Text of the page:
Skip to main content
Open Access Publications from the University of California

How the Women's Health Initiative (WHI) influenced physicians' practice and attitudes.

  • Author(s): Bush, Terry M
  • Bonomi, Amy E
  • Nekhlyudov, Larissa
  • Ludman, Evette J
  • Reed, Susan D
  • Connelly, Maureen T
  • Grothaus, Lou C
  • LaCroix, Andrea Z
  • Newton, Katherine M
  • et al.

Published Web Location
No data is associated with this publication.

BACKGROUND:The landmark Women's Health Initiative (WHI) Postmenopausal Hormone Therapy Trial published in 2002 showed that the health risks of combination hormone therapy (HT) with estrogen and progestin outweighed the benefits in healthy postmenopausal women. Dissemination of results had a major impact on prescriptions for, and physician beliefs about HT. No study has fully examined the influence of the widely publicized WHI on physicians' practice and attitudes or their opinions of the scientific evidence regarding HT; in addition, little is known about how physicians assist women in their decisions regarding HT. DESIGN AND PARTICIPANTS:We conducted in-depth telephone interviews with family practitioners, internists, and gynecologists from integrated health care delivery systems in Washington State (n = 10 physicians) and Massachusetts (n = 12 physicians). Our objectives were to obtain qualitative information from these physicians to understand their perspectives on use of HT, the scientific evidence regarding its risks and benefits, and counseling strategies around HT use and discontinuation. APPROACH:We used Template Analysis to code transcribed telephone interviews and identify themes. RESULTS:Physicians were conflicted about the WHI results and its implications. Seven themes identified from in-depth interviews suggested that the WHI (1) was a ground-breaking study that changed clinical practice, including counseling; (2) was not applicable to the full range of patients seen in clinical practice; (3) raised concerns over the impact of publicized health information on women; (4) created uncertainty about the risks and benefits of HT; (5) called for the use of decision aids; (6) influenced discontinuation strategies; and (7) provided an opportunity to discuss healthy lifestyle options with patients. As a result of the WHI, physicians reported they no longer prescribe HT for prevention and were more likely to suggest discontinuation, although many felt women should be in charge of the HT decision. CONCLUSIONS:Physicians varied in their opinions of HT and the scientific evidence (positive and negative). Whereas the WHI delineated the risks and benefits of HT, physicians reported that decision aids are needed to guide discussions with women about menopause and HT. Better guidance at the time of WHI study publication might have been valuable to ensure best practices.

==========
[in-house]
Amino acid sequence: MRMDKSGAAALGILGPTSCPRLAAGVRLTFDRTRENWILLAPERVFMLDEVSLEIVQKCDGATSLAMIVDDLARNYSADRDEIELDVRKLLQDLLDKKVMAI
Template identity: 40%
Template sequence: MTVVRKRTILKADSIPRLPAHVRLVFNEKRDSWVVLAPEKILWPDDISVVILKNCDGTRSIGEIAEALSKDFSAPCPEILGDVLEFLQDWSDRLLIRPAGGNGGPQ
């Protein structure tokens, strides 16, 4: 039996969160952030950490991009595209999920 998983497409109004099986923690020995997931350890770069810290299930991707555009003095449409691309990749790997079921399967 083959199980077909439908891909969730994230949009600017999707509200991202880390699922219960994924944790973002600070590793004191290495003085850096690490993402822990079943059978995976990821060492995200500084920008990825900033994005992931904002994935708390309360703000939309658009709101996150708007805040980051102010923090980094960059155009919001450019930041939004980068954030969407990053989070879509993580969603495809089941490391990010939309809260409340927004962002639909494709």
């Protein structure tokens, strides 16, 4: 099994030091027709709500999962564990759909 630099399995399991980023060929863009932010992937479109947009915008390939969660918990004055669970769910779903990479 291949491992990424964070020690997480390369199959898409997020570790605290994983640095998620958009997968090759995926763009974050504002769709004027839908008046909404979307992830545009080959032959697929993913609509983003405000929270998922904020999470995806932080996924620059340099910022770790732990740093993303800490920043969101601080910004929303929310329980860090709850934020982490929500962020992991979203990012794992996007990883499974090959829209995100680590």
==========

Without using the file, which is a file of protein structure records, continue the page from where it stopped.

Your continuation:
Many UC-authored scholarly publications are freely available on this site because of the UC's open access policies. Let us know how this access is important for you.

Item not freely available? Link broken?
Report a problem accessing this item